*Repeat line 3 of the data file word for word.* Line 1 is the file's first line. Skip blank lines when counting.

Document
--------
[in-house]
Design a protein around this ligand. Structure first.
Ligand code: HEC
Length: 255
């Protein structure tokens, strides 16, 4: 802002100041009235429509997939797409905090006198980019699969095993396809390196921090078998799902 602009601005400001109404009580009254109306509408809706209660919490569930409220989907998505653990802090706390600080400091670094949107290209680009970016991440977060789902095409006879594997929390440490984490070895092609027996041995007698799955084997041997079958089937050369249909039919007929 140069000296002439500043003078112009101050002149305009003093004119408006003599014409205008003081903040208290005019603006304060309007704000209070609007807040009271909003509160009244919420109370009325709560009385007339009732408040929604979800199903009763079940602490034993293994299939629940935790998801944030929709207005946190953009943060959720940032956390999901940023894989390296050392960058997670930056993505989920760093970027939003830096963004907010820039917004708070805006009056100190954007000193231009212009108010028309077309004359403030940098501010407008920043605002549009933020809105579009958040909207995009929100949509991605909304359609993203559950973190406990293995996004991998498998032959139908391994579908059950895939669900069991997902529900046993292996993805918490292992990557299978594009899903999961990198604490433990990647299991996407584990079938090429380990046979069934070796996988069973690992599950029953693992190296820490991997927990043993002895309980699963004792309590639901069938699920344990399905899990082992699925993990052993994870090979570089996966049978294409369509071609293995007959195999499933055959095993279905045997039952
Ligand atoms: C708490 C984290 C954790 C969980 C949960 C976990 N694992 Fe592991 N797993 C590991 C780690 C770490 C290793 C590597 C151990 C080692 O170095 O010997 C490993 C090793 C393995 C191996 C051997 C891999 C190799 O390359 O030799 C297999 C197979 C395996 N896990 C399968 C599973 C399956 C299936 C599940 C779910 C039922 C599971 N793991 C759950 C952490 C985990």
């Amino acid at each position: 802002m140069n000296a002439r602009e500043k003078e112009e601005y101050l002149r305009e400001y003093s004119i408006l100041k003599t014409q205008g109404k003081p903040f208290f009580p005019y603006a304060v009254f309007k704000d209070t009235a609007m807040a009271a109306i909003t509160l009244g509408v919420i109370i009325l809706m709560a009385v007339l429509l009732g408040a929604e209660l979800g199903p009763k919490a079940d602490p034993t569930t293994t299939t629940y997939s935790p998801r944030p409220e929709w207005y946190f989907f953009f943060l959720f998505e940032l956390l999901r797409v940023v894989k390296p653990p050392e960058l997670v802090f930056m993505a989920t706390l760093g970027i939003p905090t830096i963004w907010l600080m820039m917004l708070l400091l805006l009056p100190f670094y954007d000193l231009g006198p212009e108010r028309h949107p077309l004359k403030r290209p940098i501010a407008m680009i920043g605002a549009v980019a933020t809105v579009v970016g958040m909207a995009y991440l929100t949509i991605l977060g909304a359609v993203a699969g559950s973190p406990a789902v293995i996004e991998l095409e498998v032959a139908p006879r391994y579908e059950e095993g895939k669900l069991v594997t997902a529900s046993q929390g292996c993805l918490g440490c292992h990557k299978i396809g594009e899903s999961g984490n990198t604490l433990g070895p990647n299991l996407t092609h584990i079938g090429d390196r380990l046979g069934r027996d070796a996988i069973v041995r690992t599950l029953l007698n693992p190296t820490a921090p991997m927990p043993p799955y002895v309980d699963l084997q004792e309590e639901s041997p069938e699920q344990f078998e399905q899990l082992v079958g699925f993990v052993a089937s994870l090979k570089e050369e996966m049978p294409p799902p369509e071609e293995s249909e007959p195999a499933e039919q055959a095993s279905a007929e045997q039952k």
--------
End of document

Ligand code: HEC